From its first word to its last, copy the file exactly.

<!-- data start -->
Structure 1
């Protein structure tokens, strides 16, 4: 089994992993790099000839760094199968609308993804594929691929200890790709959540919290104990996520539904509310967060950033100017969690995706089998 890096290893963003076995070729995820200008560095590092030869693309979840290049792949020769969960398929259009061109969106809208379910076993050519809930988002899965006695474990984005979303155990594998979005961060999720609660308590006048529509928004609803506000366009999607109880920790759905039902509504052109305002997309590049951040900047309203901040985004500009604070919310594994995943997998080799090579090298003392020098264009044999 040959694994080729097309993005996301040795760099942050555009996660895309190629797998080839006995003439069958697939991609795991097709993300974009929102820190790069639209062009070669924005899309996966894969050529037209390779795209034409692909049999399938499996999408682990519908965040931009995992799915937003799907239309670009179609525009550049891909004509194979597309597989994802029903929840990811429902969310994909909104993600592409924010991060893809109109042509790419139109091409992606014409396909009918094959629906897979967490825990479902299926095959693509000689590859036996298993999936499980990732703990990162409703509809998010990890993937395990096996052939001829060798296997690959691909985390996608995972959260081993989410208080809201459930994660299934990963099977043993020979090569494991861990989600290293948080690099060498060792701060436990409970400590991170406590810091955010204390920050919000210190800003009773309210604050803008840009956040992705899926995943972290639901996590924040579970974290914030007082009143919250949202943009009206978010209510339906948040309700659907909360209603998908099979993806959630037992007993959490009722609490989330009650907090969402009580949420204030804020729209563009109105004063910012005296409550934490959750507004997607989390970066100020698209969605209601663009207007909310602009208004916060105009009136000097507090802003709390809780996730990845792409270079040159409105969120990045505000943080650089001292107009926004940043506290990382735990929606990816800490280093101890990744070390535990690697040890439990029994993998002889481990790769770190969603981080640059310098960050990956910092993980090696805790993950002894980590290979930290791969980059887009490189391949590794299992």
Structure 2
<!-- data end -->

Structure 1
């Protein structure tokens, strides 16, 4: 089994992993790099000839760094199968609308993804594929691929200890790709959540919290104990996520539904509310967060950033100017969690995706089998 890096290893963003076995070729995820200008560095590092030869693309979840290049792949020769969960398929259009061109969106809208379910076993050519809930988002899965006695474990984005979303155990594998979005961060999720609660308590006048529509928004609803506000366009999607109880920790759905039902509504052109305002997309590049951040900047309203901040985004500009604070919310594994995943997998080799090579090298003392020098264009044999 040959694994080729097309993005996301040795760099942050555009996660895309190629797998080839006995003439069958697939991609795991097709993300974009929102820190790069639209062009070669924005899309996966894969050529037209390779795209034409692909049999399938499996999408682990519908965040931009995992799915937003799907239309670009179609525009550049891909004509194979597309597989994802029903929840990811429902969310994909909104993600592409924010991060893809109109042509790419139109091409992606014409396909009918094959629906897979967490825990479902299926095959693509000689590859036996298993999936499980990732703990990162409703509809998010990890993937395990096996052939001829060798296997690959691909985390996608995972959260081993989410208080809201459930994660299934990963099977043993020979090569494991861990989600290293948080690099060498060792701060436990409970400590991170406590810091955010204390920050919000210190800003009773309210604050803008840009956040992705899926995943972290639901996590924040579970974290914030007082009143919250949202943009009206978010209510339906948040309700659907909360209603998908099979993806959630037992007993959490009722609490989330009650907090969402009580949420204030804020729209563009109105004063910012005296409550934490959750507004997607989390970066100020698209969605209601663009207007909310602009208004916060105009009136000097507090802003709390809780996730990845792409270079040159409105969120990045505000943080650089001292107009926004940043506290990382735990929606990816800490280093101890990744070390535990690697040890439990029994993998002889481990790769770190969603981080640059310098960050990956910092993980090696805790993950002894980590290979930290791969980059887009490189391949590794299992």
Structure 2